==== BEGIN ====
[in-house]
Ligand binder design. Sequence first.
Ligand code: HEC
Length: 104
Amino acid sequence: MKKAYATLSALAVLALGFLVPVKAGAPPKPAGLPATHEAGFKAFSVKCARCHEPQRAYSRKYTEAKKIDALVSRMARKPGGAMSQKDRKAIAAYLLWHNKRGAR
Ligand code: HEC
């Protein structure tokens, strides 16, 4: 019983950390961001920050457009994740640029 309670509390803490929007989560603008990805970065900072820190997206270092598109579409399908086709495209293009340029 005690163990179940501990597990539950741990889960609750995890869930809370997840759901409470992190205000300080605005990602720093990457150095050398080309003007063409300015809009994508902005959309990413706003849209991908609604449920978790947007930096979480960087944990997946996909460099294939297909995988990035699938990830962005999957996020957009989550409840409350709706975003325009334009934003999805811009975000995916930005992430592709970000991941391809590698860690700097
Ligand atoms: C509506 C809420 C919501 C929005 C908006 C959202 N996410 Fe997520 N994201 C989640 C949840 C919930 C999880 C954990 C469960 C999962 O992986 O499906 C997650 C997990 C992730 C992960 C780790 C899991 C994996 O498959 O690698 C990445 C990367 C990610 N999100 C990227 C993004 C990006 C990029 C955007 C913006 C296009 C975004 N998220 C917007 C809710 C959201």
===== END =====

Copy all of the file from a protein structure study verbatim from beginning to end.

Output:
[in-house]
Ligand binder design. Sequence first.
Ligand code: HEC
Length: 104
Amino acid sequence: MKKAYATLSALAVLALGFLVPVKAGAPPKPAGLPATHEAGFKAFSVKCARCHEPQRAYSRKYTEAKKIDALVSRMARKPGGAMSQKDRKAIAAYLLWHNKRGAR
Ligand code: HEC
């Protein structure tokens, strides 16, 4: 019983950390961001920050457009994740640029 309670509390803490929007989560603008990805970065900072820190997206270092598109579409399908086709495209293009340029 005690163990179940501990597990539950741990889960609750995890869930809370997840759901409470992190205000300080605005990602720093990457150095050398080309003007063409300015809009994508902005959309990413706003849209991908609604449920978790947007930096979480960087944990997946996909460099294939297909995988990035699938990830962005999957996020957009989550409840409350709706975003325009334009934003999805811009975000995916930005992430592709970000991941391809590698860690700097
Ligand atoms: C509506 C809420 C919501 C929005 C908006 C959202 N996410 Fe997520 N994201 C989640 C949840 C919930 C999880 C954990 C469960 C999962 O992986 O499906 C997650 C997990 C992730 C992960 C780790 C899991 C994996 O498959 O690698 C990445 C990367 C990610 N999100 C990227 C993004 C990006 C990029 C955007 C913006 C296009 C975004 N998220 C917007 C809710 C959201």